Architecture & engineering firms hire project managers to keep projects on task, on time and within budget. Given the number of activities, deadlines, expenses and other moving parts associated with each project, the data can be overwhelmingly complex for the project manager to assess and communicate succinctly.
One of the simplest but most accurate ways to gain a broad overview of a project’s progress and assess its efficiency is through the use of the S-Curve. Also referred to as a “velocity diagram,” the S-Curve is a mathematical graph that depicts cumulative data, such as man hours, costs and percentage of completion, over a period of time. The graph helps project managers track utilization of resources and identify where projects may be falling behind schedule or over budget.
An interesting use of the S-Curve is the 50/70 rule, which depicts that 70% of a project must be completed in 50% of the time allotted for the project to be completed on time. This rule assumes that 30% will be completed in the remaining 50% of the time.
As demonstrated in Exhibit A, this rule is in contrast to the linear 50/50 rule which assumes that if 50% of the project is accomplished in 50% of the time, the project will finish on time. In reality, this is not likely, and most often, the remaining 50% of time will expire before the project is completed.
Exhibit A. 50/50 Rule vs. 50/70 Rule
Source: The Neal Whitten Group, nealwhittengroup.com
Elements of the S-Curve
While the factors being measured may vary by project, the element of time is necessary in every S-Curve. The factors that can be plotted against time include a wide range of possibilities, including man hours, costs and percentage of completion.
The data being tracked depends on the purpose for creating the S-Curve in the first place. A man-hour S-Curve, for example, is used to track available resources over time, while the cost S-Curve provides a cash expenditure projection.
The banana curve is another popular variation of S-Curve. This display contains the earliest time to complete vs. the latest time to complete and compares that data to actual percentage of completion (see Exhibit B). Any excursion of Actual Completion over the Early or Late completion dates should be analyzed. The banana curve is an effective way to identify an at-risk project that will not finish on time.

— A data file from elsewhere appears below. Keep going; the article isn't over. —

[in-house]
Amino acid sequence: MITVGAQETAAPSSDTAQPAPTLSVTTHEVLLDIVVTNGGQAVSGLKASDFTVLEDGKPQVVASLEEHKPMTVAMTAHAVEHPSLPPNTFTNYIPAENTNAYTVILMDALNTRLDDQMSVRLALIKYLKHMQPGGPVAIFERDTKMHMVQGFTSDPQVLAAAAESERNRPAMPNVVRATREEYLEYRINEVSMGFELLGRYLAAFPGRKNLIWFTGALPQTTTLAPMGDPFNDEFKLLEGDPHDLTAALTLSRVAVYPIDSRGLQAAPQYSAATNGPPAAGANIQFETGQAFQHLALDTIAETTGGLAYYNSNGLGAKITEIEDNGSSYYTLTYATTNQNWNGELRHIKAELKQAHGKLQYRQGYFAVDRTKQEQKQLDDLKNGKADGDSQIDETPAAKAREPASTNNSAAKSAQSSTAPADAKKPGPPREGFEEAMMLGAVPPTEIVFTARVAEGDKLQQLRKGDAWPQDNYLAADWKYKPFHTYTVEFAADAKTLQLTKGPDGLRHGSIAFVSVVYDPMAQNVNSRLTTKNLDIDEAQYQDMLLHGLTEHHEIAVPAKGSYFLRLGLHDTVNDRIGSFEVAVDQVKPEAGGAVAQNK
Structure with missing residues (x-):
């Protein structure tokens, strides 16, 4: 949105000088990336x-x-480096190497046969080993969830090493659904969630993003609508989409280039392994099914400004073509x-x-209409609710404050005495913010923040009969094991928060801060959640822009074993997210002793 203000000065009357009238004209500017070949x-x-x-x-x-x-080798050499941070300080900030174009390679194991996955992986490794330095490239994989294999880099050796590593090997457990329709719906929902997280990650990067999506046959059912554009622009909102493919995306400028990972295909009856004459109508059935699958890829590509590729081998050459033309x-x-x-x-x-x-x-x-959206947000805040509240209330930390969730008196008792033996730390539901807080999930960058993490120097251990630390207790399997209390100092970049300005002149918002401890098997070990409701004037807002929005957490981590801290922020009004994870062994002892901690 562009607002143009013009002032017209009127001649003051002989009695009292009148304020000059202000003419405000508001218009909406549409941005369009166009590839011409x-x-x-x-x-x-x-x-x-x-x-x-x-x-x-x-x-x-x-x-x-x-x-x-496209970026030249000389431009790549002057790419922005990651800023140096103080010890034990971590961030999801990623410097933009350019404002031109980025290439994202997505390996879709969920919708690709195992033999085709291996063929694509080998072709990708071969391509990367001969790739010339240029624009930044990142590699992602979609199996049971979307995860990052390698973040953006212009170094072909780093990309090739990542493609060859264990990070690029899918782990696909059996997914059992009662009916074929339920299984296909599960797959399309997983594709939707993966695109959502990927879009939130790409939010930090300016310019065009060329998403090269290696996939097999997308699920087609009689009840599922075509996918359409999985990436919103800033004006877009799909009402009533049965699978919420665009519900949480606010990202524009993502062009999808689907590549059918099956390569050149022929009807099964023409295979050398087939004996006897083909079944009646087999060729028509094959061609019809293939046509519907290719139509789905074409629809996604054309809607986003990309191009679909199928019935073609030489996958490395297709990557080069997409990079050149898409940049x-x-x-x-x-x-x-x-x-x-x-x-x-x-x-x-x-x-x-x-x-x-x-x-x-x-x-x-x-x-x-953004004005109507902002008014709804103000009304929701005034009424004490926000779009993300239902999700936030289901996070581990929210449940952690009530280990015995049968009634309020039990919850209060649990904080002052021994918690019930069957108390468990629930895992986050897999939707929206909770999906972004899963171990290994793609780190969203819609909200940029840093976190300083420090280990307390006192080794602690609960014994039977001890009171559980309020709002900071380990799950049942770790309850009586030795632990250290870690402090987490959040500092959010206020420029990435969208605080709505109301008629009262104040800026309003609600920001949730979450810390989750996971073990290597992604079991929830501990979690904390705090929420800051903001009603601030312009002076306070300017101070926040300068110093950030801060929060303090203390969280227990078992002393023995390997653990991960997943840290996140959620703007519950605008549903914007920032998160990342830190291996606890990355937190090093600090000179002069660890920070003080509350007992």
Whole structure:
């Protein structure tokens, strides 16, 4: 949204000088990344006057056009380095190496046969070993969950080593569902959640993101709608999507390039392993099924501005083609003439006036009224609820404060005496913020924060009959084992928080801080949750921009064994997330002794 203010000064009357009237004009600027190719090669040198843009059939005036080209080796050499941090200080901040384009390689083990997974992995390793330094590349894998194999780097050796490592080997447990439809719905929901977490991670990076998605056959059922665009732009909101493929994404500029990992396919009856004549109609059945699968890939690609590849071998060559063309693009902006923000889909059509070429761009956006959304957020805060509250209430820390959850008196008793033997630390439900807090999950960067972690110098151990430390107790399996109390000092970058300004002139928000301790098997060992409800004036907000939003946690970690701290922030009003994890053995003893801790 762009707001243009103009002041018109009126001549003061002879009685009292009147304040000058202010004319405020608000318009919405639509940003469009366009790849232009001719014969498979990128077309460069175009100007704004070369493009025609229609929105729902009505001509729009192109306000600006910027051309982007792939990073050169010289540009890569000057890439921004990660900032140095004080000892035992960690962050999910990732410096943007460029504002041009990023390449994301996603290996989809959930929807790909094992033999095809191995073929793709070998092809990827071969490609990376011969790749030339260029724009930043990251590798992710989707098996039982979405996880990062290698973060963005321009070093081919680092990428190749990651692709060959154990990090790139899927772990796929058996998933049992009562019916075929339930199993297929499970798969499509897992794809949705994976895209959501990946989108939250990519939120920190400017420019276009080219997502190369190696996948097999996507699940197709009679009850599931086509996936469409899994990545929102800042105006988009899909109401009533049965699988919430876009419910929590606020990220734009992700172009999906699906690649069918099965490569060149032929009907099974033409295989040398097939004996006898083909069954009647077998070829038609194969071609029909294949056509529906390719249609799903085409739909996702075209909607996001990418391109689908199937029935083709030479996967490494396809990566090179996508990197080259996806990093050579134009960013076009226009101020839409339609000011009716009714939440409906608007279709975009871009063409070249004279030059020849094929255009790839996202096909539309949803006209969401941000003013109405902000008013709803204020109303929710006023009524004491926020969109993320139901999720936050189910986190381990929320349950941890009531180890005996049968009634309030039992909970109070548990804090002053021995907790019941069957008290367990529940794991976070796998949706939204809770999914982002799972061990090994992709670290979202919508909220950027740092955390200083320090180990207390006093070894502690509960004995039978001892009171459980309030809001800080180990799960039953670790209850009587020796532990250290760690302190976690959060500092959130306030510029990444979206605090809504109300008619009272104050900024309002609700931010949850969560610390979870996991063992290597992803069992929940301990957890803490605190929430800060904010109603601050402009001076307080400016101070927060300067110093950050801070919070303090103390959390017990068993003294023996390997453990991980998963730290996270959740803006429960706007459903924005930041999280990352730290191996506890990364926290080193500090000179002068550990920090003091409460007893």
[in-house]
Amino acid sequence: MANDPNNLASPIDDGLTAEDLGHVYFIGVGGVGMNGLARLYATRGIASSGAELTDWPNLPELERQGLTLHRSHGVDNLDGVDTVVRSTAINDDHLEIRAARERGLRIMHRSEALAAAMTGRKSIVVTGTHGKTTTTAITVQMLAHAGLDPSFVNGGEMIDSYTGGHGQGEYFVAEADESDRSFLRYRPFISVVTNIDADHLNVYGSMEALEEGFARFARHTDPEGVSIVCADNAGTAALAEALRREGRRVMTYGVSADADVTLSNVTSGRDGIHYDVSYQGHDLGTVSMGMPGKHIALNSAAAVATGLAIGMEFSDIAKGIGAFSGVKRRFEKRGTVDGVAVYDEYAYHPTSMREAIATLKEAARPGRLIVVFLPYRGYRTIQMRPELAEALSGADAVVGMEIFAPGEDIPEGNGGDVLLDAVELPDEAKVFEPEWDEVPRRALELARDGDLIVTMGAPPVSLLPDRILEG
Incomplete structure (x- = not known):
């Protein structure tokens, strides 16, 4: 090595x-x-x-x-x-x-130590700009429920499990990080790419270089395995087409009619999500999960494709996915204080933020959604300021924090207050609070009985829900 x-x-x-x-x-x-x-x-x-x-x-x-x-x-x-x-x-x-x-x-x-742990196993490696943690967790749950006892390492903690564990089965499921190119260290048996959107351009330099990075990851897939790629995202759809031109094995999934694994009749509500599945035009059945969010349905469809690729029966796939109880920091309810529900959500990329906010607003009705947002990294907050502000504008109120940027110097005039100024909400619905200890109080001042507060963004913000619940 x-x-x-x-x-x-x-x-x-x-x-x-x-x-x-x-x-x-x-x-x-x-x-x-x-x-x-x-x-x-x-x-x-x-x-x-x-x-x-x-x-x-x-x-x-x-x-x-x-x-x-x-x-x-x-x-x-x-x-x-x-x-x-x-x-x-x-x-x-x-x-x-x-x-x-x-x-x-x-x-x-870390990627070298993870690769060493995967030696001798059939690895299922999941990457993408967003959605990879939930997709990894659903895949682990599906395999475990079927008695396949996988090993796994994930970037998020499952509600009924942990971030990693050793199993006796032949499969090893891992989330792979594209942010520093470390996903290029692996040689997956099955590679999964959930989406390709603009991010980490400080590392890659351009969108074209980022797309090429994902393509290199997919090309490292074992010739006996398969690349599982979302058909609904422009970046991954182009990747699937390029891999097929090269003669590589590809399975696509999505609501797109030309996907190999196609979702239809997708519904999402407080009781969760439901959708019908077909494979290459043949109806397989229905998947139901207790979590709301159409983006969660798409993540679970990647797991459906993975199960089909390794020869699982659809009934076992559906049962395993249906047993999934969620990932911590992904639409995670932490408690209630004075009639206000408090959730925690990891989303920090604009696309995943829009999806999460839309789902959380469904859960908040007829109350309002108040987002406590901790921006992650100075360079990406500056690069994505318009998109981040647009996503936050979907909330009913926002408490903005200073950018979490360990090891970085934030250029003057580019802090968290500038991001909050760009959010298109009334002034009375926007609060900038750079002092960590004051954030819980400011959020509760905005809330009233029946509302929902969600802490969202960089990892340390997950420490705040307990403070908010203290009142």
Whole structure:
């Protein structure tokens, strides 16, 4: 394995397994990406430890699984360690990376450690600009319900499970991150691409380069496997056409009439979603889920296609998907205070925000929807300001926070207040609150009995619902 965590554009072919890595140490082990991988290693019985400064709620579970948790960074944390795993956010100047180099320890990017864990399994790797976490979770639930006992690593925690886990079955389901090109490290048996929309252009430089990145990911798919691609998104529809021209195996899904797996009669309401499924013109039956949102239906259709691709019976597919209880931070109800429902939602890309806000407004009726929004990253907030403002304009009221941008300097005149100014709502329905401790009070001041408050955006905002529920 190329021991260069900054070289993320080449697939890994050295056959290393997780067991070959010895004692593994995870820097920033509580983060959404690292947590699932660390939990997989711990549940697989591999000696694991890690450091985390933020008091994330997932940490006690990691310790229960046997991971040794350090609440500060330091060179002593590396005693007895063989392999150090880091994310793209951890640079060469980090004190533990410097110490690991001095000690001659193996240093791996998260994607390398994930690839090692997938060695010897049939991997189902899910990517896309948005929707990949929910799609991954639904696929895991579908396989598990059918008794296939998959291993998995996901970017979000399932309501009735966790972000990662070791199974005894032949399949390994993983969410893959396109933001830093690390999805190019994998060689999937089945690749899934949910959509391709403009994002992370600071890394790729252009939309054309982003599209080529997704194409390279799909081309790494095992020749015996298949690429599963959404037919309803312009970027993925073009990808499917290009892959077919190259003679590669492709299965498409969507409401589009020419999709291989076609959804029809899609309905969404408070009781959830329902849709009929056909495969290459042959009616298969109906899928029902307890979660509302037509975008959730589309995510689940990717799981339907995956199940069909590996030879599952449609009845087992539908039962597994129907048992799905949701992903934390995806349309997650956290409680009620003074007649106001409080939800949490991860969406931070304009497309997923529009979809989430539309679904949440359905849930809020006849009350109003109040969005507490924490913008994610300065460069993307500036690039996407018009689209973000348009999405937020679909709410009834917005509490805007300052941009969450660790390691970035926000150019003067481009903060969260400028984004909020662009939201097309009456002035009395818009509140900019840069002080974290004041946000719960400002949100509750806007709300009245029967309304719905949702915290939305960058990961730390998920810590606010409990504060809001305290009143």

Exhibit B. Banana Curve
Uses of the S-Curve
The S-Curve can be used for many different project monitoring purposes. One of the most common is Earned Value Management (EVM). The EVM S-Curve starts with the the planned value (PV) that is anticipated for the project, if all goes according to plan, and compares it to the actual cost (AC) and earned value (EV) along the life of the project.
PV is the budgeted cost of work scheduled. It refers to how much the project manager expects to spend for each activity completed, if the projects goes according to plan. AC refers to how much was actually spent on work completed. EV refers to how much the project team expected to pay for work already completed.
An EVM S-Curve is highly effective in measuring project performance, evaluating project health and proactively identifying any warning signs that a project may be going off-track. With the data collected, the project manager can also assess key performance metrics, including:
- Cost Performance Index (CPI) – uses the ratio of EV to AC to measure the cost efficiency of a project (CPI = EV/AC; CPI of greater than 1 indicates that spending is on or under budget)
- Schedule Performance Index (SPI) – uses the ratio of EV to PV to measure schedule efficiency of a project (SPI = EV/PV; SPI of greater than 1 indicates the project is running on or ahead of time)
- Cost Variance (CV) – measures the difference between EV and AC to determine if the project is on budget (CV = EV-AC; CV of greater than zero indicates project is on or under budget)
- Schedule Variance (SV) – measures the difference between planned and earned values (SV = EV-PV; SV of greater than zero indicates spending is at or less than what was expected by a given date)
What Should My S-Curve Look Like?
You may be asking, are all S-Curves really in the shape of an S? The answer is: it depends on the project. A typical S curve, as shown in Exhibit C, resembles an S and is considered a back-loaded S-Curve. These are typical projects that get a slower start because of planning and design needs, and most resources are consumed later in the project.
Exhibit C. Back-Loaded S-Curve
But an S-Curve can also be front-loaded, which represents projects that get a quick start due to factors such as urgent turnaround requirements or repetitive projects that do not require as much planning and preparation. These displays show a steep incline and higher use of resources toward the beginning of the project and flatten out over time (see Exhibit D).
Exhibit D. Front-Loaded S-Curve
Whatever the shape, type or purpose, S-Curves are a cost-effective, easy-to-use tool to manage risk during design projects and communicate key metrics to your stakeholders. For more information on incorporating S-Curves into your project management procedures, please contact Aaron Rupper or Scott Scarabino of Grassi’s Architecture & Engineering practice.